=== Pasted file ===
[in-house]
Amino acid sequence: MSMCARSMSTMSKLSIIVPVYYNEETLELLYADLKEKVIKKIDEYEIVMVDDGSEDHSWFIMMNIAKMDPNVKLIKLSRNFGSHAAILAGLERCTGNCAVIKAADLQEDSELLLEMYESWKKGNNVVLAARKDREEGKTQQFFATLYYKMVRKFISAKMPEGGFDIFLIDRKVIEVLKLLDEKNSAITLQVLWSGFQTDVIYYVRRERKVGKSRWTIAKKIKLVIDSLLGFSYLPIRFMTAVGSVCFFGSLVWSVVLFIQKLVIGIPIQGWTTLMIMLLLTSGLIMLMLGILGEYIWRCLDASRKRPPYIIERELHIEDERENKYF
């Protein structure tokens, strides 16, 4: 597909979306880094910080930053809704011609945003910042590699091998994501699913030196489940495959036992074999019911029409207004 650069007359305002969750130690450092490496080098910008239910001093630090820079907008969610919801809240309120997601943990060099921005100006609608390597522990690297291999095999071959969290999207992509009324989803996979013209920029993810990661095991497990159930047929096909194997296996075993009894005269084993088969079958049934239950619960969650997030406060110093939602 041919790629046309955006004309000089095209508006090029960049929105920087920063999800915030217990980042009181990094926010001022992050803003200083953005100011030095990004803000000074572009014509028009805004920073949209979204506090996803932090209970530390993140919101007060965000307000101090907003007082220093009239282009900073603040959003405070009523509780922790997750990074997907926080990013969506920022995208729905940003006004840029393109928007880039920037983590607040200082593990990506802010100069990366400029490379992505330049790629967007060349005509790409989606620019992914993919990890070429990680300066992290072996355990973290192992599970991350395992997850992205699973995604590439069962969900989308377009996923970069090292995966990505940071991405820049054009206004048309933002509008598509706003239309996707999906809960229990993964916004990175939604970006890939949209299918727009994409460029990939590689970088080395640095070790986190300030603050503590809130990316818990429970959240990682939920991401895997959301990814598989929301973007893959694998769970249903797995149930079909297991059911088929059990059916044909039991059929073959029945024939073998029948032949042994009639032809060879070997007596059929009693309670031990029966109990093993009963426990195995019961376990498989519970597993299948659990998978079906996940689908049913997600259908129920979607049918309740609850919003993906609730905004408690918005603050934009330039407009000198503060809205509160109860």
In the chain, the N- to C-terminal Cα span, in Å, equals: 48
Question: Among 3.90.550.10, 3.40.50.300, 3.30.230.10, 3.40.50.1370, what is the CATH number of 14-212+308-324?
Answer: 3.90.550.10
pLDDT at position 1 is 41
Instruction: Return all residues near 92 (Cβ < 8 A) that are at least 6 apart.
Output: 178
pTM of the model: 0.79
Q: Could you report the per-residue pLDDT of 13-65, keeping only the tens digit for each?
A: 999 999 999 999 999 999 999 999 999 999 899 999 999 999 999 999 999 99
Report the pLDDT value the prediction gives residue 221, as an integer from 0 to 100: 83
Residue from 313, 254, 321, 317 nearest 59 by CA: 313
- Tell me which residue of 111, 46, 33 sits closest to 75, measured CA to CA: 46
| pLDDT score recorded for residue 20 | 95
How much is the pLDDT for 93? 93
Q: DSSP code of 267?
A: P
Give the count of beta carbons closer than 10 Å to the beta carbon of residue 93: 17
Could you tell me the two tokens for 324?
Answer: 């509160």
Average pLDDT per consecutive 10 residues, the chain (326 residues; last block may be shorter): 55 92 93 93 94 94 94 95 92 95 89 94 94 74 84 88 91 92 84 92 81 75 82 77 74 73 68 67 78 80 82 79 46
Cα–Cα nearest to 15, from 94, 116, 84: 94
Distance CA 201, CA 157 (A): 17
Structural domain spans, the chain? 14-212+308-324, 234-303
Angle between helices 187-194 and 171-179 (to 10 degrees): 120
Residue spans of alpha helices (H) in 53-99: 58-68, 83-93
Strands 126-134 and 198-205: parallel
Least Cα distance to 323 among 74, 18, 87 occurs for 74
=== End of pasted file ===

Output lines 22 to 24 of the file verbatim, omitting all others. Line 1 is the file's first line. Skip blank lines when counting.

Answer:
Answer: 């509160």
Average pLDDT per consecutive 10 residues, the chain (326 residues; last block may be shorter): 55 92 93 93 94 94 94 95 92 95 89 94 94 74 84 88 91 92 84 92 81 75 82 77 74 73 68 67 78 80 82 79 46
Cα–Cα nearest to 15, from 94, 116, 84: 94